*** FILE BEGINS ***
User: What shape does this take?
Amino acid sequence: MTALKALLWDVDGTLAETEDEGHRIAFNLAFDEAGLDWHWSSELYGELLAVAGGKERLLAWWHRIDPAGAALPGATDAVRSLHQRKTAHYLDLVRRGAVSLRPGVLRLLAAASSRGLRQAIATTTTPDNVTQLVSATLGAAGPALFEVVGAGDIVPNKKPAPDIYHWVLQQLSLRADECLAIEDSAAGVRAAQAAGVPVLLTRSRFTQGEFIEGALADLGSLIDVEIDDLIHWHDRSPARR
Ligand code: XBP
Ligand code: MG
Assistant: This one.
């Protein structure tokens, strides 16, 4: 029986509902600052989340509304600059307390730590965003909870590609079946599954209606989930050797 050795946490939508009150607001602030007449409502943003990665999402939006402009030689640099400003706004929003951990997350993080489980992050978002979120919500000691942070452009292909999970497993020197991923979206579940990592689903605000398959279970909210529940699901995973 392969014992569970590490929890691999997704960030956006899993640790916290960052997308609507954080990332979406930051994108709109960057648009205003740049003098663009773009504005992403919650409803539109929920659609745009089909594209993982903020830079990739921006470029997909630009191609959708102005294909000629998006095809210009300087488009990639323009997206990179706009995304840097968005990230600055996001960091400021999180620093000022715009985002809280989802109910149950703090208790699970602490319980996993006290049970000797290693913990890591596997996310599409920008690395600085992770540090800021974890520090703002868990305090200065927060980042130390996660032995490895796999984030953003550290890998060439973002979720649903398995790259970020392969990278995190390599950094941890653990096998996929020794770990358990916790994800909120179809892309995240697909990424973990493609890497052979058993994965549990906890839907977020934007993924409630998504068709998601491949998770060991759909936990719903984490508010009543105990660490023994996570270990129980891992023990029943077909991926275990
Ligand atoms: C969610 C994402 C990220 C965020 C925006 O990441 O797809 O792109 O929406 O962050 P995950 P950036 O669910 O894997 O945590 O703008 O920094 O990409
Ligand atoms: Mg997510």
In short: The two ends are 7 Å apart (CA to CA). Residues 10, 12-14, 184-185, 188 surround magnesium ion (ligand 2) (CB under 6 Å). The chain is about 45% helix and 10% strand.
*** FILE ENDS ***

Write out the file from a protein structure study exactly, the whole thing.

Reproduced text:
User: What shape does this take?
Amino acid sequence: MTALKALLWDVDGTLAETEDEGHRIAFNLAFDEAGLDWHWSSELYGELLAVAGGKERLLAWWHRIDPAGAALPGATDAVRSLHQRKTAHYLDLVRRGAVSLRPGVLRLLAAASSRGLRQAIATTTTPDNVTQLVSATLGAAGPALFEVVGAGDIVPNKKPAPDIYHWVLQQLSLRADECLAIEDSAAGVRAAQAAGVPVLLTRSRFTQGEFIEGALADLGSLIDVEIDDLIHWHDRSPARR
Ligand code: XBP
Ligand code: MG
Assistant: This one.
């Protein structure tokens, strides 16, 4: 029986509902600052989340509304600059307390730590965003909870590609079946599954209606989930050797 050795946490939508009150607001602030007449409502943003990665999402939006402009030689640099400003706004929003951990997350993080489980992050978002979120919500000691942070452009292909999970497993020197991923979206579940990592689903605000398959279970909210529940699901995973 392969014992569970590490929890691999997704960030956006899993640790916290960052997308609507954080990332979406930051994108709109960057648009205003740049003098663009773009504005992403919650409803539109929920659609745009089909594209993982903020830079990739921006470029997909630009191609959708102005294909000629998006095809210009300087488009990639323009997206990179706009995304840097968005990230600055996001960091400021999180620093000022715009985002809280989802109910149950703090208790699970602490319980996993006290049970000797290693913990890591596997996310599409920008690395600085992770540090800021974890520090703002868990305090200065927060980042130390996660032995490895796999984030953003550290890998060439973002979720649903398995790259970020392969990278995190390599950094941890653990096998996929020794770990358990916790994800909120179809892309995240697909990424973990493609890497052979058993994965549990906890839907977020934007993924409630998504068709998601491949998770060991759909936990719903984490508010009543105990660490023994996570270990129980891992023990029943077909991926275990
Ligand atoms: C969610 C994402 C990220 C965020 C925006 O990441 O797809 O792109 O929406 O962050 P995950 P950036 O669910 O894997 O945590 O703008 O920094 O990409
Ligand atoms: Mg997510």
In short: The two ends are 7 Å apart (CA to CA). Residues 10, 12-14, 184-185, 188 surround magnesium ion (ligand 2) (CB under 6 Å). The chain is about 45% helix and 10% strand.